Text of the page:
The print process for packaging has some unique elements and your design files need to be set up a certain way in order to be print-ready.
To make sure that the packaging your customers will see is the one that you envisioned, the file you send to your printer has to be print-ready. If you are wondering what a print-ready file is, it is a PDF file that is set up in accordance with the print process requirements. Compared to printing simple straight-cut products, the print process for product packaging has some specific elements you need to consider when creating a design file to ensure that the process will go as smoothly as possible.
Defining the vital elements of your packaging
Before you even begin to design the packaging for your product, you need to figure out its key properties. So the first stage of your packaging design should actually be defining these crucial elements:
- The packaging type – think of your product and everything else that will be packaged together with it. What type of packaging would be the best fit? You can check out our Custom Packaging page and see all the available boxes and sleeves, as well as their 2D and 3D presentations. This should give you a good idea of what your options are. The boxes’ specific features are explained in our Boxes For Product Packaging blog post to help you decide.
- Packaging size – again, have the size of your product in mind, as it will largely affect the size of your packaging. The content of your packaging should fit the box perfectly, so it has no space to move around inside the box during transport and handling, which prevents it from damaging. If anything else goes inside the packaging, all of it must be accounted for when calculating the overall box size. This can include trays or holders for your product or brochures and instruction manuals.
- Materials – many factors will determine what kind of paper you should use for your packaging. Your product’s weight would be one of them – the heavier it is, the thicker the cardboard should be so that it can hold the weight safely. If you are packaging food products, you need to be sure you are using food-safe inks and paper that will prevent the ink from penetrating to the other side of the paper. Do some elements of your packaging need to be waterproof? The answers to all these questions will depend on the specificities of your product, so it is best to contact your printer and have them help you make the right choice.
Designing your packaging
Once you have all this information, you are ready for the design stage.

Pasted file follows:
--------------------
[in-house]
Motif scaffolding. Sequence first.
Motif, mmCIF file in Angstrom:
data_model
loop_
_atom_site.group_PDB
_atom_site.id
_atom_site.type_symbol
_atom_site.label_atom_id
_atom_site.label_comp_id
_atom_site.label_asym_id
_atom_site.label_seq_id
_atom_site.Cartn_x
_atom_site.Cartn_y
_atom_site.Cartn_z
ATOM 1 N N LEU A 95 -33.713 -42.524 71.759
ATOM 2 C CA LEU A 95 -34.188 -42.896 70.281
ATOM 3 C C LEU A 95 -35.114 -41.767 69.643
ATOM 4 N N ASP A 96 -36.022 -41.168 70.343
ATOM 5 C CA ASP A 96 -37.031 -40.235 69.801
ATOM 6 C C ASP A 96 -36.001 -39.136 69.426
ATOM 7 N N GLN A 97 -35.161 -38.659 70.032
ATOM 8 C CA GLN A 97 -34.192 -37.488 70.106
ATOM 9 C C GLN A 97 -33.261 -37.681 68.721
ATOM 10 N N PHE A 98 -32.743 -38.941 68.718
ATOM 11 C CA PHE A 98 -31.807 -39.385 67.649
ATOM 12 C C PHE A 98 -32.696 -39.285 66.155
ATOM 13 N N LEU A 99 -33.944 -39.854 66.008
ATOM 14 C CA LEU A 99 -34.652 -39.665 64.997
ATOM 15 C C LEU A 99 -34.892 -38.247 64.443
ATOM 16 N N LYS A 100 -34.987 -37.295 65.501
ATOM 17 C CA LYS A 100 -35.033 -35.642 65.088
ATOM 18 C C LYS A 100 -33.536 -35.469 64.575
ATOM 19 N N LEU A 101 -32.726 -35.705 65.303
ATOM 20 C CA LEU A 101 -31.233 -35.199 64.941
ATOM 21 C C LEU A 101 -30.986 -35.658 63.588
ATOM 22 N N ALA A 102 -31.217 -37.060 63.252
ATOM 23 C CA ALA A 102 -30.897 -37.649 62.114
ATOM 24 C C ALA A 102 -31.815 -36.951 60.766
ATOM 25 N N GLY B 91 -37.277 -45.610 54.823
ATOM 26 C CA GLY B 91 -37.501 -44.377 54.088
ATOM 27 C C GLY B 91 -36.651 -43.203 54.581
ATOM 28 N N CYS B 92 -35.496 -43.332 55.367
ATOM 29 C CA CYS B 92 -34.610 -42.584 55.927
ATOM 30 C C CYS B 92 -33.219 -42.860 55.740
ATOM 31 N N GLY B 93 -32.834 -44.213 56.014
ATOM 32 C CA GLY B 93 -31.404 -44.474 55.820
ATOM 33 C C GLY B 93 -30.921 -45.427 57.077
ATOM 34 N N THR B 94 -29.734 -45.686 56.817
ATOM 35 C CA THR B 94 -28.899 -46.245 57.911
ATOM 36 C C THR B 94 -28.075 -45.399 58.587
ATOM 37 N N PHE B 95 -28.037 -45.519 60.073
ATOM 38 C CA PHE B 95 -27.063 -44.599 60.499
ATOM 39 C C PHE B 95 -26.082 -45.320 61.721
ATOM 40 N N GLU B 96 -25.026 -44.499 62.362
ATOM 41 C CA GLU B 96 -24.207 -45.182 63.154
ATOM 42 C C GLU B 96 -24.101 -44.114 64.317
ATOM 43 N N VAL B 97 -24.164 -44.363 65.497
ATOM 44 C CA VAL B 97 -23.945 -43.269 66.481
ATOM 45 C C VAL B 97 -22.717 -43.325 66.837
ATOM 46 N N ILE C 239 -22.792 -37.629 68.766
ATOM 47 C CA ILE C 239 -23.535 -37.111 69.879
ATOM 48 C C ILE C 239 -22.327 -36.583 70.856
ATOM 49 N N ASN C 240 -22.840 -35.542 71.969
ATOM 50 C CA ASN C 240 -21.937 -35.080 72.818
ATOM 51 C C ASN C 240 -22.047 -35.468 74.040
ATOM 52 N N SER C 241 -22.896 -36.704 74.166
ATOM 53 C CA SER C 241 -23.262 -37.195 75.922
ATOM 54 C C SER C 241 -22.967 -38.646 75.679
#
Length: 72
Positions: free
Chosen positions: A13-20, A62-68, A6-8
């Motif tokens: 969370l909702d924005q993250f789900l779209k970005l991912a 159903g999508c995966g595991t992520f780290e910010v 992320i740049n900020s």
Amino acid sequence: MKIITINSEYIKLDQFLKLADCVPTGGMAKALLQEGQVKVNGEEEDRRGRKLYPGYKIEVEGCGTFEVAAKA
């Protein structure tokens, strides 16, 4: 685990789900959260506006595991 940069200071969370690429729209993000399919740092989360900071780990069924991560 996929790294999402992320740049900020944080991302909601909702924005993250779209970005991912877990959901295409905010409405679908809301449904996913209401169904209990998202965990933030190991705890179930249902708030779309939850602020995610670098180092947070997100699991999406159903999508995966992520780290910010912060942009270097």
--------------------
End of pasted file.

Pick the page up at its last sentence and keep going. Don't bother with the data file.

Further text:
You can read our 7 Tips and Tricks for Best Packaging Designs to get a general idea of how to design attractive packaging for your product.
The main difference between printing packaging and printing other standard cut-to-sheet products is that packaging requires a custom dieline. This dieline will be used in the print process to cut the box to the right shape and size, but you will also use it in your design, as it will determine where your design elements should be placed. The placement of your design elements is crucial because, as a designer, you will work on a 2D box net and depending on how the box will fold, some of your design elements will have to be rotated 180 degrees. You will have to visualize how the panels fold and make sure the orientation of your graphics on every panel is correct once the box is assembled.
Creating your dielines and box templates can be very challenging.
Once you download our dieline template (you can read a quick and straightforward tutorial on How to Download Templates from Newprint in case you need help), it is important that you understand its key elements:
Checklist for creating print-ready files for packaging
- Make sure you use vector graphics in your artwork. Use photographs only if absolutely necessary.
- Set the colour mode of your document to CMYK.
- Adobe Illustrator and Adobe InDesign are the industry standard for print-ready design. Avoid using Photoshop and services such as Canva for setting up print-ready files, especially for packaging.
- All dieline elements must be on their own separate layer and your CMYK/Pantone artwork on another separate layer.
- If your packaging needs to have emboss, foiling or spot UV coating, each of those elements need to be on their own separate layer. To help you with this part, you can read How To Set Up Print Files For Spot UV And Foil Printing. To understand the basics of the foil stamping process, read Foil Stamping - A Touch Of Luxury.
- Your design should extend all the way to bleed lines.
- Your background colour can cover the entire artboard, except the gluing area. That area must remain white.
Once your design is finished, all that is left to do is to save your print-ready PDF files. You will need to have several PDFs, depending on how many layers you have. Save the following PDF files:
- One PDF file containing all layers
- One PDF for each of the layers separately (one PDF containing the dieline only, one PDF containing only the CMYK/Pantone artwork, one PDF for the foiling elements only etc.). To save each layer separately, you can simply turn the visibility of layers on and off.
If you would like our team to help you with your design process don’t hesitate to contact us.